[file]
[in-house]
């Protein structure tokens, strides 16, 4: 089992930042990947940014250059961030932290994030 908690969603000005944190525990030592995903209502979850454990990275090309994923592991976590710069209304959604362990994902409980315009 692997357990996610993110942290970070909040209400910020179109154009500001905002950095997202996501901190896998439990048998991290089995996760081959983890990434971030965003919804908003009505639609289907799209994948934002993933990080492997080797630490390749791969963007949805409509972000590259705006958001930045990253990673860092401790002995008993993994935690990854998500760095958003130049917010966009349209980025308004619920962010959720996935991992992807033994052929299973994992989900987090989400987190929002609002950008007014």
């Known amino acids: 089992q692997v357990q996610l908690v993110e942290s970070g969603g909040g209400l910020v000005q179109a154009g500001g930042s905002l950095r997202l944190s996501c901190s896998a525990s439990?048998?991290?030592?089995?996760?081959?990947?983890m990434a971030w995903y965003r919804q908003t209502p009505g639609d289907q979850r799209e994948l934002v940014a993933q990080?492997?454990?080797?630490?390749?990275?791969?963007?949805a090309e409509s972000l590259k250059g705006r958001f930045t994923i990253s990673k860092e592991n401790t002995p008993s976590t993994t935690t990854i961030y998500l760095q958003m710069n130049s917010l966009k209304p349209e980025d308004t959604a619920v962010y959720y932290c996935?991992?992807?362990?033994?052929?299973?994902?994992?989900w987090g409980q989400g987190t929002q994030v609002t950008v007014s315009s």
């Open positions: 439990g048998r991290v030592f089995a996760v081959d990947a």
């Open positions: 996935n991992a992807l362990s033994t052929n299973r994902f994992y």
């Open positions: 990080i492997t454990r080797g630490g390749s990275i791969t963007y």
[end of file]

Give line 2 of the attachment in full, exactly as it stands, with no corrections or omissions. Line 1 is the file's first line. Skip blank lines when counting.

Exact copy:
């Protein structure tokens, strides 16, 4: 089992930042990947940014250059961030932290994030 908690969603000005944190525990030592995903209502979850454990990275090309994923592991976590710069209304959604362990994902409980315009 692997357990996610993110942290970070909040209400910020179109154009500001905002950095997202996501901190896998439990048998991290089995996760081959983890990434971030965003919804908003009505639609289907799209994948934002993933990080492997080797630490390749791969963007949805409509972000590259705006958001930045990253990673860092401790002995008993993994935690990854998500760095958003130049917010966009349209980025308004619920962010959720996935991992992807033994052929299973994992989900987090989400987190929002609002950008007014």